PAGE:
Since the Young & Laced programme was introduced back in 2013 it has had a hugely positive impact on the lives of several young creatives in various fields, providing a platform & support to help them pursue their ideas. Back in 2015 the programme re-focused their efforts towards skateboarding in a bid to discover young creatives surrounding the culture and in doing so found Mikey Krzyzanowski, a young skateboarder from Oxford, and his project – Goma Collective. Through art, design, film & photography, Goma has been responsible for several projects of their own, as well as introducing a concise but strong line of clothing and hard goods inspired by the work of the young creatives around them. With help from Mentors Bobby Pecotic & Jerome Campbell, alongside working with photographer Tom Delion and illustrator/printmaker Gaurab, Mikey’s Goma collective continues to grow and explore new areas in which they can raise awareness and have a positive impact towards various communities across the globe. We were lucky enough to catch up with Mikey following the release of the brands Nepal project to find out more on the origins of the collective, the importance of sustainability and plans for future projects…
For those that aren’t too familiar, could you give us a bit of background on Goma collective and how it came about?
Goma is a growing collective of creative heads. We’ve been working together to produce limited releases of product, with a minimum of 5% of our profits going to community projects. I started it through a project called ‘Young & Laced’ that I was part of last year. It’s pretty early doors but I’m really stoked on where it’s going.
What’s the inspiration behind the logo and name?
My dad had a friend called Robert Loughlin who was an artist in New York, he had a face that he drew everywhere and I love the idea of having an image like that. He was a big inspiration for the logo for sure. I worked with Gaurab Thakali on it, he painted it based on Jazz drummer Max Roach.
The name means a lot of different things, but that’s not why I chose it.
Who currently makes up the collective?
The kinds of people that make up Goma are illustrators, photographers and filmmakers, musicians and we’re even working with some guys in the food industry at the moment too. I want to keep it growing that way, it broadens the horizon in terms of what we kind of project we can do.
A large focus for the collective is sustainability. Do you feel there is a lack of sustainably conscious brands in the market?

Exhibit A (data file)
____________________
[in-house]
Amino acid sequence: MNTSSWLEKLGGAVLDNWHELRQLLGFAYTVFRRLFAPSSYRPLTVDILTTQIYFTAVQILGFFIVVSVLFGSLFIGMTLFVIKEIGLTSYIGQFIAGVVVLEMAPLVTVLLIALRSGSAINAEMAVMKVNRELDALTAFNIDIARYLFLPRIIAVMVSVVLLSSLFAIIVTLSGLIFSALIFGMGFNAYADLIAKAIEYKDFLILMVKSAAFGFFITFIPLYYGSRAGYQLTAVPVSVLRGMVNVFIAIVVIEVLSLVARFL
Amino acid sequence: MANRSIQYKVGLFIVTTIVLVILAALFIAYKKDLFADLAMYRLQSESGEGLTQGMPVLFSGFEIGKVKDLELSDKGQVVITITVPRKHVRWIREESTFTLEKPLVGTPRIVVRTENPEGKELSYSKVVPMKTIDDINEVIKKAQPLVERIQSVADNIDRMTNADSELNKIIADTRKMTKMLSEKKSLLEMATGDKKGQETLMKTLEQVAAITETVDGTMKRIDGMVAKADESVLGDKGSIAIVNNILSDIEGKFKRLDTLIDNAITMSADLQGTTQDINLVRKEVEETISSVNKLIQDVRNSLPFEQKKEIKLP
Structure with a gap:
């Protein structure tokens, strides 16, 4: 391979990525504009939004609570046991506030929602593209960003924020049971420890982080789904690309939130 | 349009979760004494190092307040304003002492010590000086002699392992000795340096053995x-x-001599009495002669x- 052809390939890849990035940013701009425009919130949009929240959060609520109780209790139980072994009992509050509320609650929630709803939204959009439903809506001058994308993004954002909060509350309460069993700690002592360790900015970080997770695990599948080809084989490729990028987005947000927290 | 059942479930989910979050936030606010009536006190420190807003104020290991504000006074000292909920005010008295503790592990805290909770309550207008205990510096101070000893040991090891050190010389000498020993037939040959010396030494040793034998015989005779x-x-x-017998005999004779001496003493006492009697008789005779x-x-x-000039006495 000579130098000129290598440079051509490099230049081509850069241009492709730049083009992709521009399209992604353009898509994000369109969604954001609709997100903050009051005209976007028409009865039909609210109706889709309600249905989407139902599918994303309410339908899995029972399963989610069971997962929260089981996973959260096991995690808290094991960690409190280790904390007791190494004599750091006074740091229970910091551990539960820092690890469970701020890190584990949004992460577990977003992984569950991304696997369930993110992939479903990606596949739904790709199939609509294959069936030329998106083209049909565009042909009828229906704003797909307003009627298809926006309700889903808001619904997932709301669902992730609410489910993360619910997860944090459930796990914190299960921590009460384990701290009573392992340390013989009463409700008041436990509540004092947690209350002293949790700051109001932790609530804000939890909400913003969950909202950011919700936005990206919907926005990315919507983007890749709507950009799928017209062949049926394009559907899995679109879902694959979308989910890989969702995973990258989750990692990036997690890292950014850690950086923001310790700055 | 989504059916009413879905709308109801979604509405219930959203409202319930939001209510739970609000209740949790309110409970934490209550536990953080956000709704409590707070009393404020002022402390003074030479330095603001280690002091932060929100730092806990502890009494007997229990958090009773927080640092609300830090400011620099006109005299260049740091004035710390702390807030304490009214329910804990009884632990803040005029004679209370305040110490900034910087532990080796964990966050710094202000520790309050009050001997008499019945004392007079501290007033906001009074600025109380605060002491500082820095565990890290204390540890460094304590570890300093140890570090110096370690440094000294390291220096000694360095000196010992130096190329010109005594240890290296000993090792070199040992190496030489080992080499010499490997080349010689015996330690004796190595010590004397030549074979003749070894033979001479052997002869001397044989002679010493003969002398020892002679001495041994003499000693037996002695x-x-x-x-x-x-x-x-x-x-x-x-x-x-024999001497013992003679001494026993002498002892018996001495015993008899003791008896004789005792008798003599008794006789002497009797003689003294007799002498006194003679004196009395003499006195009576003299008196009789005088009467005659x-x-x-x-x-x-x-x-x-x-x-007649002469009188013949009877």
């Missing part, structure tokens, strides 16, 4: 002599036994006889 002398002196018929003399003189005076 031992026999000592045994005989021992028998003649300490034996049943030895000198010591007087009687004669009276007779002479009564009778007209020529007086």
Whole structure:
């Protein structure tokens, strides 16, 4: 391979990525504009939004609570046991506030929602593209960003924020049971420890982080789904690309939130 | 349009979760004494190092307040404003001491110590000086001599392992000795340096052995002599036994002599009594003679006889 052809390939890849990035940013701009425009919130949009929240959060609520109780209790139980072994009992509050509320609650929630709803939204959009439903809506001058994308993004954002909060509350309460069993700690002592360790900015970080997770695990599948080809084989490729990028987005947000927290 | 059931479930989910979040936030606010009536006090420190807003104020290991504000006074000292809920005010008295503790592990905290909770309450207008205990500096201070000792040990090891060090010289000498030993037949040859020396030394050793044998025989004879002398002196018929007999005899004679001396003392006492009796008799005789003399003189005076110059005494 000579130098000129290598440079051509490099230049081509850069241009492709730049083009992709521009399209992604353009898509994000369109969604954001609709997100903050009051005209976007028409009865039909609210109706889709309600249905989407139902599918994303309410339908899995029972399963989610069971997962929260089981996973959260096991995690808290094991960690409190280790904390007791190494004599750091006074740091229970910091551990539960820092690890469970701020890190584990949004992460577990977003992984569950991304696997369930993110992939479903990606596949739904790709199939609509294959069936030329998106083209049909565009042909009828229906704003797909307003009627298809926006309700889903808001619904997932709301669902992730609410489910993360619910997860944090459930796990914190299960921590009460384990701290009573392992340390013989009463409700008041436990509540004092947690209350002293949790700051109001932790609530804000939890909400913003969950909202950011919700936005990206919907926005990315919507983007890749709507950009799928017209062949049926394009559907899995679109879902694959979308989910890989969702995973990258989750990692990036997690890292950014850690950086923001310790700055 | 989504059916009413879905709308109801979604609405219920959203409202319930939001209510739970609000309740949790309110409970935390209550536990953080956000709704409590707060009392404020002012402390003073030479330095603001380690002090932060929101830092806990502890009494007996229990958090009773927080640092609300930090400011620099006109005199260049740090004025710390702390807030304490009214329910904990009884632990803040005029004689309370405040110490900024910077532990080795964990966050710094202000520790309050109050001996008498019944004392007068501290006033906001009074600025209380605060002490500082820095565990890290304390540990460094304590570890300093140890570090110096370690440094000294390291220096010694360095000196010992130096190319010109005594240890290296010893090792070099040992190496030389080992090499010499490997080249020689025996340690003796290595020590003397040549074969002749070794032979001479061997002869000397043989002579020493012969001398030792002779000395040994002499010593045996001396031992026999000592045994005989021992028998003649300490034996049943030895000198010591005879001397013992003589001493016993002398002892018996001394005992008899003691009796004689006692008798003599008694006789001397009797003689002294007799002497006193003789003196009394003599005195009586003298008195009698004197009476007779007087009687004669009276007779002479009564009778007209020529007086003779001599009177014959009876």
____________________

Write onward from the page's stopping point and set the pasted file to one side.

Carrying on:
There is a lack of them yeah. I think the reason why is because a lot of people look at ‘sustainability’ as some weird hippy thing haha. They see it as a niche not necessity. For anything to change, brands need to be approached in the right way. You can’t expect everyone to immediately want to save the environment. It’s difficult for some people to want to do anything if the case for change isn’t right there in front of them. I think more time should be put into making ‘sustainability’ more relevant to brands. You’re going to get nowhere by just telling people they’re doing it wrong.
You spoke in your interview with Grey Magazine on your intention to use Bamboo blanks. Has this idea developed any further since then?
I thought Bamboo blanks would have been a good idea because Bamboo can grow much faster than Maple, so it’s less of a problem to cut bamboo down. We’re going a step further and recycling old boards into new ones. This way, we won’t actually be cutting anything down haha. As fun as it’s been making boards that people can actually skate as well as put on their wall – the next boards we do will be much more of an art piece. More time and effort will be going into each board, they’ll be super limited.
Do you feel skateboarding has played an important role in developing Goma?
Yeah definitely. There’s a lot that can be learnt from skateboarding, aside from the products and content that companies put out. A lot of the people involved with Goma are skaters, so there will always be some kind of influence, but it’s never going to be the driving force behind what we do.
Are there any other brands/people that you look towards for inspiration or who share a similar ethos?
Patagonia is a big one for me, they have been for a while now. Their brand is built on a lot of really good principles and on top of it all, they give 1% of their sales to organisations working on preservation and restoration of the environment. They’re definitely doing it right. Satta, is another company that I think is setting a good example in terms of ethos. Other companies that I’m backing are Dime, Quasi and Carpet Company (they’re a new one from the states).
As a DIY brand, what have been the biggest hurdles to overcome?